Even if we’re eating the right stuff, if we eat on autopilot or out of fear that we’ll get hungry, we’re setting ourselves up for a huge struggle. The six tips I have for you below will teach you how to snack less, how to know when you’re really hungry, how to stop mindless eating and how to eat until you’re satisfied, not stuffed. Using these tips, you’ll be able to control how much you’re eating and shed some unwanted pounds without feeling like you’re dieting.
Surf the Urge
This is the hardest one so we’ll start here! The goal is to stop overeating. That means you have to change your habit of snacking, serving yourself extra portions, etc. When you decide to change your habits to get your eating in check, your mind is going to try to mess with you. It’s going to tell you “Go get more. This is too hard. It takes so much mental energy to do this. Just go back into the kitchen and get another snack. You can’t do this.” But you’re not going to do it. You’re going to feel the discomfort and sit with the urge to go get more. After 2-5 minutes, it will pass. And you’re strong enough to surf the wave.
Use the Hunger Scale
Hangry Zone: An uncomfortable, empty feeling that might include stomach pains, light-headedness, mood swings and/or headache. When you’ve hit the Hangry Zone, your binge risk is HIGH!
Normal Hunger: You’re thinking about what to eat for your next meal. If you don’t eat within 30-60 minutes, you’re likely to enter the Hangry Zone. Your stomach might be growling a little bit and it’s been about 3-4 hours since your last meal. You’re making a plan for how to put an end to the growling without panicking about it. Satisfied: You’re not full, but not hungry, either. You can comfortably go for a brisk walk to get up and do 15 jumping jacks without any discomfort. You don’t feel the need to snack.
Full: Your belly feels slightly bloated and your pants are feeling a little tight.
Stuffed: You feel uncomfortable, lethargic and you might have a “food baby.”
Somewhere along the way we learned and adopted the mindset that certain foods were good or bad, we needed to stay away from the bad foods at all costs and if we ate the bad stuff we were doing something wrong. This mindset comes straight from dieting. Dieting creates a scarcity mindset where our food intake gets restricted, certain foods are a no-no, and sometimes entire food groups are eliminated. We’re taught to think that we have to settle for LESS instead of realizing we have MORE than we need (which is the actual situation). This is where bingeing and “failing” on our plans comes into play. The diet and restriction isn’t maintainable, we get frustrated, so we eat all the things we “shouldn’t” because your willpower is gone, temptations are everywhere and it’s just too freaking hard to stay away or say no. Enter abundance. In order to think in terms of abundance, we have to think that no food is off limits, we can have anything and everything we want and there’s more than enough food to go around, because isn’t that true? If you really wanted some pizza on a Thursday afternoon at 11am, can’t you run down to the corner store and get some? Or couldn’t you make one at home? Of course you could. You have any kind of food you want literally at your fingertips.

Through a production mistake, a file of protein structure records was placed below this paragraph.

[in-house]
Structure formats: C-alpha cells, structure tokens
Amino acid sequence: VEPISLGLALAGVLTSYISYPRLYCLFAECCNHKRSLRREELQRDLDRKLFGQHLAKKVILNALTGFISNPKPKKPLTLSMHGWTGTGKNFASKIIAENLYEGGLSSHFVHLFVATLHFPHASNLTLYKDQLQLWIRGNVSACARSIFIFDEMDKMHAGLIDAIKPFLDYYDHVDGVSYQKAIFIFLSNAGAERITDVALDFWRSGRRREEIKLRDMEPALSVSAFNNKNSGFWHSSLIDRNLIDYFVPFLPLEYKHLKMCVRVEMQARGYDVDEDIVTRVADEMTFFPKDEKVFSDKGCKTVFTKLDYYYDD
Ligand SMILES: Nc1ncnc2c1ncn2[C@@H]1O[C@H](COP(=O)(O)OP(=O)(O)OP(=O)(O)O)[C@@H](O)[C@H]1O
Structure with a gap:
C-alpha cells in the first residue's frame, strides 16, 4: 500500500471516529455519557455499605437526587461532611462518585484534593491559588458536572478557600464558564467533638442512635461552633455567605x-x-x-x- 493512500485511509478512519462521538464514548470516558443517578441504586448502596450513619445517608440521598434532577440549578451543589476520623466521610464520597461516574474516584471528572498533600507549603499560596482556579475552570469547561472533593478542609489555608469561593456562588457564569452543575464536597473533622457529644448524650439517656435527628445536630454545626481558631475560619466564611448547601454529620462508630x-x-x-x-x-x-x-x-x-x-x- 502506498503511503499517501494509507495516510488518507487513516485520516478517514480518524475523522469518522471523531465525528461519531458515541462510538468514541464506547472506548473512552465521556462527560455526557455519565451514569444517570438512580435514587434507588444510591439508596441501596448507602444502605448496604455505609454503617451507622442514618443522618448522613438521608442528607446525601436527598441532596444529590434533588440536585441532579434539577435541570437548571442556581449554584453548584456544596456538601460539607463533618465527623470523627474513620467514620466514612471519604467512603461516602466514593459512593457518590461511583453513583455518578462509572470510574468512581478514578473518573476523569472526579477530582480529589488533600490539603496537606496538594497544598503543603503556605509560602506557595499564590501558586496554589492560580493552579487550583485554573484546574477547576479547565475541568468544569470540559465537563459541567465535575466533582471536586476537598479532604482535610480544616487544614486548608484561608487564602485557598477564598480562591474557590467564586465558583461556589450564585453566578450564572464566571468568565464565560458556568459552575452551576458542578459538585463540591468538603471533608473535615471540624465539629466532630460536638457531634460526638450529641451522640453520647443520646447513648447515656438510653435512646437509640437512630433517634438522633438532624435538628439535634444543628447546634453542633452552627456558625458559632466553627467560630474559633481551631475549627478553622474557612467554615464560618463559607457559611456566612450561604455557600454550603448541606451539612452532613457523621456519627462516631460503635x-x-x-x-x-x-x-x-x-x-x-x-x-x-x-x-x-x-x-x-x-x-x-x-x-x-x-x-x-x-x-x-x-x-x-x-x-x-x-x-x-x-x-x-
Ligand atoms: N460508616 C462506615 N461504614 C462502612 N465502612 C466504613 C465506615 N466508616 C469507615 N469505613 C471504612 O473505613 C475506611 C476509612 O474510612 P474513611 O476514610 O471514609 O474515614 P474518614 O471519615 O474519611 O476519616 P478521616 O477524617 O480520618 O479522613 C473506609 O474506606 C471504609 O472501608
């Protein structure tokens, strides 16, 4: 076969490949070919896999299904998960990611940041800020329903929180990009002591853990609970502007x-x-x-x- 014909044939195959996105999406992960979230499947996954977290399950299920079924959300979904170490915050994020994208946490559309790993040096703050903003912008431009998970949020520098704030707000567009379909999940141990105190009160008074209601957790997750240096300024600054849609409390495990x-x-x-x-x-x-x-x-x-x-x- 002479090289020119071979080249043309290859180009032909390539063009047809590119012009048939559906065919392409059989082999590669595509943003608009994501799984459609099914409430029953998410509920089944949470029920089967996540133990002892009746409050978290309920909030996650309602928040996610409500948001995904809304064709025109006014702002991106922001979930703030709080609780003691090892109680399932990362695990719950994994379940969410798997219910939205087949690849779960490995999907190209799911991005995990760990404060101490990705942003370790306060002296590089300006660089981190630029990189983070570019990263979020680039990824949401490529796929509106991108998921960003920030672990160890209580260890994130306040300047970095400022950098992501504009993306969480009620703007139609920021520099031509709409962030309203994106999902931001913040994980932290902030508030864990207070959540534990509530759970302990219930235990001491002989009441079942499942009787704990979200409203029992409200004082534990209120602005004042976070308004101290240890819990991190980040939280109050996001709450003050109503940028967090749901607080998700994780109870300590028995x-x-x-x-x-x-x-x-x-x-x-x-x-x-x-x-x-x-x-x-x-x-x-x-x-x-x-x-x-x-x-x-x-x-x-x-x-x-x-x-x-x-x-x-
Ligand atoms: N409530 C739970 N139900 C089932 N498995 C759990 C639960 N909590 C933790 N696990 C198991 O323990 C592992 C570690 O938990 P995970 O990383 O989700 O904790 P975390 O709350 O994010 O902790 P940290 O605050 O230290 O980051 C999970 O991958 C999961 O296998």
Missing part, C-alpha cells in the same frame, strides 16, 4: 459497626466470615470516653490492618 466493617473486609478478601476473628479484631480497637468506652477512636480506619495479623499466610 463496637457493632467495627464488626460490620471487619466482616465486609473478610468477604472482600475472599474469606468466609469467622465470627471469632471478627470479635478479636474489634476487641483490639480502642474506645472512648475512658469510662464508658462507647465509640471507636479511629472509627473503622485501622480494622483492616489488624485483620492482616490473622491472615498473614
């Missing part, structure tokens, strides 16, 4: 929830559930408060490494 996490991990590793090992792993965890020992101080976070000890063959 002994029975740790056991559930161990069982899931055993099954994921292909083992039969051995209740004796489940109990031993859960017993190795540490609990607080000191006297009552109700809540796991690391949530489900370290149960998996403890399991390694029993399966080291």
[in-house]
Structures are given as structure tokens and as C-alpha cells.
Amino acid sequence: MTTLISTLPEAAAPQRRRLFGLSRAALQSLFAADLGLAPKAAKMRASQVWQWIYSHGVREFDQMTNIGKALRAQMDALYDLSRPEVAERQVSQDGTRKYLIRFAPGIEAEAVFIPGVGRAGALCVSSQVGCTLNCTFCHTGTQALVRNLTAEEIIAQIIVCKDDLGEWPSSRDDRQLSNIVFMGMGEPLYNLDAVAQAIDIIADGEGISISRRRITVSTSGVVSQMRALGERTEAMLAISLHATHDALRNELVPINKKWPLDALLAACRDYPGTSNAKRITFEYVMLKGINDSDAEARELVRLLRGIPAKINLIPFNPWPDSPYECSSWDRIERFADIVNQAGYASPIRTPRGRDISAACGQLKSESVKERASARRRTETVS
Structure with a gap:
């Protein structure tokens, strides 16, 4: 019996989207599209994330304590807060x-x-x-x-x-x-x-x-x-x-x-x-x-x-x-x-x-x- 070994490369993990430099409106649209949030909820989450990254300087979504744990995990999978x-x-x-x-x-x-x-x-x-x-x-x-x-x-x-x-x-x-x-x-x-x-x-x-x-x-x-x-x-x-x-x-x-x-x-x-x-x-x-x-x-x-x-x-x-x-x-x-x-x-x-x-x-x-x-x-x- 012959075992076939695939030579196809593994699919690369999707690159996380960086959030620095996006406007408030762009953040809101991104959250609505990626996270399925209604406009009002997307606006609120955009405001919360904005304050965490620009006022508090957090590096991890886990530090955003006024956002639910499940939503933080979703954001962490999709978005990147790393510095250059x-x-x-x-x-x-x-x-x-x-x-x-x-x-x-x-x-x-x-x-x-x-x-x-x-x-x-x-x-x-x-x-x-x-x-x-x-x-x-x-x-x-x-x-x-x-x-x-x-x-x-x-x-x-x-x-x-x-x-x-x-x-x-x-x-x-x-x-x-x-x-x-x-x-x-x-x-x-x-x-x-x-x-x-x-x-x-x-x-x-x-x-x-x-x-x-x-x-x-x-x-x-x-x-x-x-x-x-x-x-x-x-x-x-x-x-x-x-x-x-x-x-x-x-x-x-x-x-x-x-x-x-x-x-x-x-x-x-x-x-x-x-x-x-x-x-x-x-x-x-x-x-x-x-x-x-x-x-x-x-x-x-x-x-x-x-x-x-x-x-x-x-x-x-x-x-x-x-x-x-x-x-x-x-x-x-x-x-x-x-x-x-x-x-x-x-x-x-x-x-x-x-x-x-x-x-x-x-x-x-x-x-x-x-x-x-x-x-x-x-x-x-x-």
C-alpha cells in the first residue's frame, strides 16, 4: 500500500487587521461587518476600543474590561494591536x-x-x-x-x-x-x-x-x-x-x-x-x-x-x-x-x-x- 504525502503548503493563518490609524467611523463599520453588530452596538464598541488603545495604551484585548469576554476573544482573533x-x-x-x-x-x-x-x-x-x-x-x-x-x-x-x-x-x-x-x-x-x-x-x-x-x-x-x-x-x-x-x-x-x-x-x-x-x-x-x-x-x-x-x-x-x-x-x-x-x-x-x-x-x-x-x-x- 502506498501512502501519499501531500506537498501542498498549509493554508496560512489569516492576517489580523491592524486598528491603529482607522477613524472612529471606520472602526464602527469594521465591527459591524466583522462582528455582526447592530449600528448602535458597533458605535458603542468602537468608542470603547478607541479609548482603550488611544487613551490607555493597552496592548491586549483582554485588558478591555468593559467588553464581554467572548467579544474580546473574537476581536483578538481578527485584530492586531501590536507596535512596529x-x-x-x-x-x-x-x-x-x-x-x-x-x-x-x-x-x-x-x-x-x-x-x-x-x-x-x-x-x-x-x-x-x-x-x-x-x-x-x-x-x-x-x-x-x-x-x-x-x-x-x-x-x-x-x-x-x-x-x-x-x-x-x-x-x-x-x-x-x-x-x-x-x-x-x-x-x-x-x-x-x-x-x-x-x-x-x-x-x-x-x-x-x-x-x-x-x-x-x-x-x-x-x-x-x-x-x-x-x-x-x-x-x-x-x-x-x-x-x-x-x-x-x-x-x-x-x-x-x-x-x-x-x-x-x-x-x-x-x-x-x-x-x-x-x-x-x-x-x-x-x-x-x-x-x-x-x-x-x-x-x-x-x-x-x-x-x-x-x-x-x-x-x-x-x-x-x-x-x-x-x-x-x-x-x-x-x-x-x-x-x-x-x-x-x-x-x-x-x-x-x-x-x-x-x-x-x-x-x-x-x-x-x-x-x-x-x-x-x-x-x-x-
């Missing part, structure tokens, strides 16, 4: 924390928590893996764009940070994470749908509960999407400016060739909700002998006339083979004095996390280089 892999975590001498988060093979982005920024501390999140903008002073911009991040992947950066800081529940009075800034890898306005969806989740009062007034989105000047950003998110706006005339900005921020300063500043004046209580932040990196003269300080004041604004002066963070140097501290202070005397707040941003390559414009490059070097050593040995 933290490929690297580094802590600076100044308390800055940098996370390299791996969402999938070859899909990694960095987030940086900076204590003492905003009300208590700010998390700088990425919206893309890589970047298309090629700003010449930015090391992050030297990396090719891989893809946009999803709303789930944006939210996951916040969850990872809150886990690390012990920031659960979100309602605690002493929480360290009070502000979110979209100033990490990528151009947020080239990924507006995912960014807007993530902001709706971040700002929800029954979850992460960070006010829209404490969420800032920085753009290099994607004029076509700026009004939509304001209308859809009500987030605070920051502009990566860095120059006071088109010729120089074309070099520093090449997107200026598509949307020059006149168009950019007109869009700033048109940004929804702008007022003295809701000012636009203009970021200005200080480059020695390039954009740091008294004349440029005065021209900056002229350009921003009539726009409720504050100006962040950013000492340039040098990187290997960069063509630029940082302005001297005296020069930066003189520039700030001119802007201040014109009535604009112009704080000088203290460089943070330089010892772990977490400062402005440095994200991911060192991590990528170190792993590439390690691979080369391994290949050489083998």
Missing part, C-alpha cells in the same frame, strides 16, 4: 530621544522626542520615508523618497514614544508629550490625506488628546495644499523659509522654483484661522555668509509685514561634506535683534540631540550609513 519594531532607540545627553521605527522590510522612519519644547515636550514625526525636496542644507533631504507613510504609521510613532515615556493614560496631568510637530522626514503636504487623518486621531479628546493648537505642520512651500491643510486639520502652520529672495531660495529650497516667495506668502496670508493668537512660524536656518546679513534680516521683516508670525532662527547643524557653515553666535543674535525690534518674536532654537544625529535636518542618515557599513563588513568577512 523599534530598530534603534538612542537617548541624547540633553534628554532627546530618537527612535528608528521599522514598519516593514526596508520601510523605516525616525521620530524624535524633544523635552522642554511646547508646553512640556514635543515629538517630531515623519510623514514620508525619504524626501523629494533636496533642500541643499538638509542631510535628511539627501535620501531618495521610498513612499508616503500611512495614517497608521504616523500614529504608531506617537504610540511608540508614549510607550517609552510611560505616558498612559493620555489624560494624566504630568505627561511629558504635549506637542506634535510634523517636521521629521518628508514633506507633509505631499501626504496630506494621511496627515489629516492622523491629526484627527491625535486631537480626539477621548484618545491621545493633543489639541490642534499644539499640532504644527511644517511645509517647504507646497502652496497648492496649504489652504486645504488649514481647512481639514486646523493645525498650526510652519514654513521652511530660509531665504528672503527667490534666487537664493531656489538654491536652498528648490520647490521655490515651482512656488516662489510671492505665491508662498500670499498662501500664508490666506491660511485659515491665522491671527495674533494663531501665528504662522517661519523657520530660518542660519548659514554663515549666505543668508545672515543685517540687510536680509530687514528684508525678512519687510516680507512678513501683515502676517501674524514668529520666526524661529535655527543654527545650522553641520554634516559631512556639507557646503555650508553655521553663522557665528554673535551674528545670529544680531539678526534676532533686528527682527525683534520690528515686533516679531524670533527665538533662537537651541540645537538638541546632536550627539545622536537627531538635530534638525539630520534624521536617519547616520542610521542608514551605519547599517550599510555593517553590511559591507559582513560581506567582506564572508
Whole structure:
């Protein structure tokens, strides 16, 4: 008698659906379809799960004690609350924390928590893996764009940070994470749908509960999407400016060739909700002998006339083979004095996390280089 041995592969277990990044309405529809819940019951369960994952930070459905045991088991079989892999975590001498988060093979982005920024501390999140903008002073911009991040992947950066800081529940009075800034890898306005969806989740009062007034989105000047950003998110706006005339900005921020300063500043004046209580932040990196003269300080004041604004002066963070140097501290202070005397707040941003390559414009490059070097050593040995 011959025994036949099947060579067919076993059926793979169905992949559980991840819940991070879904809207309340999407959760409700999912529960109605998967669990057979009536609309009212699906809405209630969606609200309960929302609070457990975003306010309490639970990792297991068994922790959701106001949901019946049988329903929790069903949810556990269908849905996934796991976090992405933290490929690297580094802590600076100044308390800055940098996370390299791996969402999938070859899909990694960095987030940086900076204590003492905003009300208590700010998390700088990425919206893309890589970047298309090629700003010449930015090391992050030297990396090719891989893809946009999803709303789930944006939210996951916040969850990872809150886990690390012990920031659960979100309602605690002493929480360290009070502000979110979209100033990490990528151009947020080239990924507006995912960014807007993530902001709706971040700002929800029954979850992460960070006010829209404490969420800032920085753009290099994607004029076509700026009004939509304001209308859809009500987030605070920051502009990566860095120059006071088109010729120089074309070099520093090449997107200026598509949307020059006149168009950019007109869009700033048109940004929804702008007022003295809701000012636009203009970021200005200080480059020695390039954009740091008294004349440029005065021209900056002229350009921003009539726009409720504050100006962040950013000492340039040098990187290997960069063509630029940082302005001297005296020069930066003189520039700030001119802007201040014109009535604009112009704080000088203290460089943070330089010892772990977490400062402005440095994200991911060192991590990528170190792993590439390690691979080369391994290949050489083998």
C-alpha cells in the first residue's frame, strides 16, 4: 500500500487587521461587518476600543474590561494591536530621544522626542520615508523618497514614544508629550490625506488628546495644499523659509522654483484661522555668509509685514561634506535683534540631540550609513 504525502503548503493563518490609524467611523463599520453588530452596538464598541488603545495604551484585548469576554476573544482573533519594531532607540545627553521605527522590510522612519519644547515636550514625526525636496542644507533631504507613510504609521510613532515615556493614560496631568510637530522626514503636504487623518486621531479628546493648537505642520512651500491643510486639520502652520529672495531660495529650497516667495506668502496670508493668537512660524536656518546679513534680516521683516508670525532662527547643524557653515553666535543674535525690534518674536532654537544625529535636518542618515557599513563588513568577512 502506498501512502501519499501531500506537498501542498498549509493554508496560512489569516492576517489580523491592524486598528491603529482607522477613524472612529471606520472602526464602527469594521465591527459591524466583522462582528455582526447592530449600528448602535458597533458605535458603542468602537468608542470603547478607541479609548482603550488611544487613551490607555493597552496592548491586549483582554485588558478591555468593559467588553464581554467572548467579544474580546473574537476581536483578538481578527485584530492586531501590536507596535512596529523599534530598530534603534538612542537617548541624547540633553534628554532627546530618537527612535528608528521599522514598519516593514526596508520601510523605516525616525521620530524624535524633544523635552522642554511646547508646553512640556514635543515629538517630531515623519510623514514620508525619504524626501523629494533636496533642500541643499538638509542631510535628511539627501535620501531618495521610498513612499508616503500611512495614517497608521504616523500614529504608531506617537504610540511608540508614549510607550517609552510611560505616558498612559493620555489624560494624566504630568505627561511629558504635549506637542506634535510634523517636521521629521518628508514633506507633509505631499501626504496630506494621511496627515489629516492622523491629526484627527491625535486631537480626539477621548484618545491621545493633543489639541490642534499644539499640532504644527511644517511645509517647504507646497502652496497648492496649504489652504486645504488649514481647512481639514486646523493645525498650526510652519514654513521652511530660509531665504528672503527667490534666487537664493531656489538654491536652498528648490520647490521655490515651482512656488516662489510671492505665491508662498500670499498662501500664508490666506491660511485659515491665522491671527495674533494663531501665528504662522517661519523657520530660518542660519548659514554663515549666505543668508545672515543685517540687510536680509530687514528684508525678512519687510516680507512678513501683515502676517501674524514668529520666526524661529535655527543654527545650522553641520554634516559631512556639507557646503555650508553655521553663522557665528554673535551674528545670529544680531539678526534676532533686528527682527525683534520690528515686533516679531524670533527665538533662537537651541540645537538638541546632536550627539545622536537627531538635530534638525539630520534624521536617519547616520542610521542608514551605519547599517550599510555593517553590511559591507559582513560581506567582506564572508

Take a bite, put down your fork or whatever it is you’re eating, chew, enjoy, swallow, and repeat until you hit stasifcation. If you’re eating a meal and putting more food in your mouth before you even finished what was already in there, you’re at high risk for overeating. Most often this happens when we’re multi-tasking. We’re eating in front of the TV, we’re eating in front of our computers, eating with friends or eating on-the-go. Eliminate as many distractions as possible when you’re sitting down to eat a meal and if you know you’ll be eating in the car or with company, be mindful of your portions and keep that in check.
Check your H2O Intake
If you find yourself getting really snacky, check in on your water intake. You want to aim for half your bodyweight in fluid ounces of water each day. So if someone weights 150lbs, they’d aim for at least 75oz of water each day. If you’re drinking coffee or tea with caffeine, drink at least 8oz of water for every 8oz of caffeine you have since caffeine is a diuretic. If you’re drinking enough water and you’ve checked in on the Hunger Scale, you’ll know if it’s a good time to actually eat or wait it out.
Don’t go too long between meals
While I don’t subscribe to the notion that we should eat every 3 to 4 hours, I do think it’s important to be mindful of when your last meal or snack was. If you eat lunch at 11:30 then don’t eat dinner until 6, you’re leaving a huge window of opportunity open for lots of mindless snacking throughout the afternoon and when you get home from work. Leaving a 5+ hour gap between meals or snacks can results in overeating or lots of snacking so it’s a good idea to have a few small snack options on hand just in case you have to go longer than you’d like to between meals or snacks. Things like hard-boiled eggs, a Greek yogurt, some cottage cheese and fruit or veggies and dip can hold you over and won’t spoil your appetite before your next meal.
I’ve created a #SimpleSaneSuccessful Fat Loss Nutrition Guide to help you get started. This FREE guide takes away all of the complicated formulas, tracking apps and guess work. If you follow this easy guide, you’ll see how simple fat loss can really be. I’m going to teach you how to build your own fat loss plan using foods you actually like all the while learning how to incorporate your favorite treats. The goal of this guide is to allow you to achieve your fat loss goals while keeping your cravings down, energy up and confidence high!